In an appalling move to keep low-wage workers locked in poverty, the Iowa legislature this week gave final approval to a bill that reverses local minimum wage increases already approved in several counties and bans cities and counties from setting any wage and benefit standards. It is the first time that a state has nullified local minimum wage ordinances that had already taken effect and forced jurisdictions to lower minimum wage rates that had previously been raised.

Senator James Inhofe, Republican of Oklahoma, claimed that the Environmental Protection Agency is releasing “propaganda” that is “brainwashing our kids,” during a CNN interview on Thursday.

“We want to deliver the services. We ought to make things clean,” Inhofe said. “But we ought to take all this stuff that comes out of the EPA that’s brainwashing our kids, that is propaganda, things that aren’t true, allegations.”

U.S. computer chip and processor giant Intel will acquire the Israeli smart car tech firm Mobileye in a deal valued at $15.3 billion.

Supplying such automotive giants as General Motors and Volkswagen AG, Mobileye is one of the key producers of the onboard vision systems that anchor current advanced driver assistance systems — as well as tomorrow’s autonomous vehicle technology. The acquisition will help position Intel as a major player in the development of smart and driverless car systems.

Illinois just can’t catch a break. The state is home to 67 of the 1,000 biggest companies in the U.S. by revenue—fourth most among states. They include Boeing, Abbott Labs, Caterpillar and Kraft Foods. However, the net migration rate out of Illinois over the last five years is the worst in the U.S.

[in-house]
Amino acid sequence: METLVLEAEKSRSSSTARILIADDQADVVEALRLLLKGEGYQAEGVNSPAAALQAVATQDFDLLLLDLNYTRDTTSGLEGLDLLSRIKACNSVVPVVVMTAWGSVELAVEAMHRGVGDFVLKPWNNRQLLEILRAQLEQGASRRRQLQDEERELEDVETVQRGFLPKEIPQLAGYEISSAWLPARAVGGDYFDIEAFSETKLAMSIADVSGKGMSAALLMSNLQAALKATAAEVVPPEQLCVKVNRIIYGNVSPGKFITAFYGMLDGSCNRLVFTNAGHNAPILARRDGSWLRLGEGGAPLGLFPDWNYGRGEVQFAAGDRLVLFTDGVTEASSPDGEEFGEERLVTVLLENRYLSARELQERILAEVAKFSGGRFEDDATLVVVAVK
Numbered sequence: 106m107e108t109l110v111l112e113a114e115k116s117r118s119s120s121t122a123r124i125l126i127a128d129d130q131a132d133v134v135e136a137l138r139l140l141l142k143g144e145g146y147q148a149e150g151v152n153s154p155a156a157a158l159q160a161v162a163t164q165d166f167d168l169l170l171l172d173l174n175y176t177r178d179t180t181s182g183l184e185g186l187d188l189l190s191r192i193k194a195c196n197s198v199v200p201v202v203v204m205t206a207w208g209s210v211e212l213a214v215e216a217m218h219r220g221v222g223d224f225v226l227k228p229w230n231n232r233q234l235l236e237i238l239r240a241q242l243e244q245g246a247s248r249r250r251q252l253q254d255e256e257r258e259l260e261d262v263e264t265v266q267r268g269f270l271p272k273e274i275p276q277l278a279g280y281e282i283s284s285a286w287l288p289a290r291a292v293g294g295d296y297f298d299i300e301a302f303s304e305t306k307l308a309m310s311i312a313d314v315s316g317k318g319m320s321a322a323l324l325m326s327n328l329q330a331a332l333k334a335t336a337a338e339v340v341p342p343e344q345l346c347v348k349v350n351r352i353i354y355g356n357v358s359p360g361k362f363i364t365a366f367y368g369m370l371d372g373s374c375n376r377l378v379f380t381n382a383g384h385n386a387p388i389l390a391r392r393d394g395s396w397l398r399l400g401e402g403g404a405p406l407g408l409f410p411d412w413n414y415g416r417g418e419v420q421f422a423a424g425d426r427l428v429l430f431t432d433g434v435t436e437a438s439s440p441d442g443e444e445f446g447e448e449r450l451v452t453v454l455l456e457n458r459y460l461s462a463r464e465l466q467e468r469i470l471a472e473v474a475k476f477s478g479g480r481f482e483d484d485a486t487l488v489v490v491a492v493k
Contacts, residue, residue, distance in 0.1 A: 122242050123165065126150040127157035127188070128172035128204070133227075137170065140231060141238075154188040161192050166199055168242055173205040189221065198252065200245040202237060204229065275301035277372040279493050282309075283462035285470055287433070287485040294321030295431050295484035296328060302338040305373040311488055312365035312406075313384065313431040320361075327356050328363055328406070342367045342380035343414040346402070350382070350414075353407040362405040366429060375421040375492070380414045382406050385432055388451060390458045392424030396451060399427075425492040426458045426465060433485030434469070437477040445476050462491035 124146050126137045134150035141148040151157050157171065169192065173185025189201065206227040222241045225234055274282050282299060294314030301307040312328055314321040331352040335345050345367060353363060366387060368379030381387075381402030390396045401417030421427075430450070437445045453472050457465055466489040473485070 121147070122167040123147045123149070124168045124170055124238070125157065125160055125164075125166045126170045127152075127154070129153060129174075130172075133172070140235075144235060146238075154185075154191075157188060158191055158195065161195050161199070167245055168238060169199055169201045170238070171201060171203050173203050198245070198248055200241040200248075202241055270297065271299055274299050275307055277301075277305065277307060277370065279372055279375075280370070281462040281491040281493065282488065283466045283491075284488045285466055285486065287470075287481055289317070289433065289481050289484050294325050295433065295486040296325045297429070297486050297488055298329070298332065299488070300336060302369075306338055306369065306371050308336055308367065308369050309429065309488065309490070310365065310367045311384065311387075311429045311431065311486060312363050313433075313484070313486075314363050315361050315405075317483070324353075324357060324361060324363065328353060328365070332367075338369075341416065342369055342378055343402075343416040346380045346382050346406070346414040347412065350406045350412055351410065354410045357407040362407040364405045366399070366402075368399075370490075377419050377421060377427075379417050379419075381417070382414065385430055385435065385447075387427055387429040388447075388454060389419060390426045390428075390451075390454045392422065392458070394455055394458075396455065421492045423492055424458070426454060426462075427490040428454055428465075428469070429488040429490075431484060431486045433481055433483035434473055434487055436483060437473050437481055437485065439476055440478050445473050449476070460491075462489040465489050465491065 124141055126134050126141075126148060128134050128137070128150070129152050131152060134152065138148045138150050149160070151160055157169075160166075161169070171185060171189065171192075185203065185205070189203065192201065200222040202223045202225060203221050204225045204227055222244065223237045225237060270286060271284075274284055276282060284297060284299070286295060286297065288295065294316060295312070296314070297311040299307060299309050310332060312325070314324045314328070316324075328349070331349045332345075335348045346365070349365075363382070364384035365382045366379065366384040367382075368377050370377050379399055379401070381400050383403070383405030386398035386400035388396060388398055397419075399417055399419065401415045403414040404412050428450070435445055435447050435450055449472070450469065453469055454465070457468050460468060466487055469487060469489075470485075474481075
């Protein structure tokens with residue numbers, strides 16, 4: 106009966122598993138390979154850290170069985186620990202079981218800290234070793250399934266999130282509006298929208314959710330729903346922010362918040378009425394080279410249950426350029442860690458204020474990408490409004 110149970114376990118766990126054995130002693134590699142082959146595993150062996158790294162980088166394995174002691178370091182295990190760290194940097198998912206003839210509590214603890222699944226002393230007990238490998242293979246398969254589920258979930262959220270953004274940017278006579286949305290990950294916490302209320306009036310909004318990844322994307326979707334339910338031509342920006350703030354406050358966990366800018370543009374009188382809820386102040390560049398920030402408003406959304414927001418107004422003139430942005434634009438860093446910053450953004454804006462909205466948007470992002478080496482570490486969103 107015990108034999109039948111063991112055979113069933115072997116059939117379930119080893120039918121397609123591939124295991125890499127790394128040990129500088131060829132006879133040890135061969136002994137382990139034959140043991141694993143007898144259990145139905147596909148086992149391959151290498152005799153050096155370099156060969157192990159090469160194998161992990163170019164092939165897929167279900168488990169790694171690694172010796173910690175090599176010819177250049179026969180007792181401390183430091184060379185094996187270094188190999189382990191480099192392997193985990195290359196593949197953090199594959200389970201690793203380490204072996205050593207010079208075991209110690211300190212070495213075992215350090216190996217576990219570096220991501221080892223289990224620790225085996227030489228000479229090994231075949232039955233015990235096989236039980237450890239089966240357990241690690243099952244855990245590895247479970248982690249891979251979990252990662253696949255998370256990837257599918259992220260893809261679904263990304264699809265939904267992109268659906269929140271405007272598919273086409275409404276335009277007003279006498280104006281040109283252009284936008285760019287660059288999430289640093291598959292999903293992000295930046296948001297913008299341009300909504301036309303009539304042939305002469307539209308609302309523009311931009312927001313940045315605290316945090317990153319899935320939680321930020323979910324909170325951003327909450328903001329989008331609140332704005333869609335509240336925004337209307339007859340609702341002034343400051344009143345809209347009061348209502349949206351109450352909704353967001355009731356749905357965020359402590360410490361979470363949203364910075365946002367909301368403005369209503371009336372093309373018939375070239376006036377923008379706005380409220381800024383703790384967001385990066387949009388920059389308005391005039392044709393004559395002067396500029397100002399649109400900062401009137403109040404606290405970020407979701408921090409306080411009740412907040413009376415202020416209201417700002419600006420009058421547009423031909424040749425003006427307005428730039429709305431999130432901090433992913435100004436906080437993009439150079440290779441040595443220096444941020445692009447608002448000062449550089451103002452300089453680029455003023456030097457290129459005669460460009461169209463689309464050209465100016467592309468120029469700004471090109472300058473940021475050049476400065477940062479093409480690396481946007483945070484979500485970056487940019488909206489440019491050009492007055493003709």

The state’s finances are also in shambles: in June 2016, Moody’s downgraded Illinois’ credit rating to Baa2—lowest in the country among the states—and maintained its negative outlook. Moody’s cited the state’s “continuing budget imbalance due to political gridlock.” It was the fourth downgrade since 2012.

Wall Street visitors and tourists will notice a new addition if they’re walking down Broadway in New York this week. About 20 feet across from the famous Charging Bull statue — a symbol of Wall Street’s strength and might that has loomed over the street since 1989 — a bronze statue of a girl stands facing it, hands on hip, a defiant expression carved into her face.

Don’t be fooled by Trump’s and Republican promises to “repeal and replace” Obamacare. They could repeal it, but they can’t and won’t replace it.

They’ve tried for years to come up with a replacement that keeps at least as many people covered. Their “replacement” never appears.

So why do Republicans want to repeal Obamacare and leave millions without insurance?  Because it would mean a huge tax windfall for the wealthy.

This past Sunday on Meet the Press, Chuck Todd spent 13 minutes trying to get Trump spokeswoman Kellyanne Conway to explain “why President Trump sent out his press secretary to essentially litigate a provable falsehood” about Trump’s inauguration. The falsehood, delivered by Press Secretary Sean Spicer on Saturday, was that Trump had attracted “the largest audience to witness an inauguration, period.” Spicer had also dismissed photos of the crowd, claiming they “were intentionally framed” to make it look small.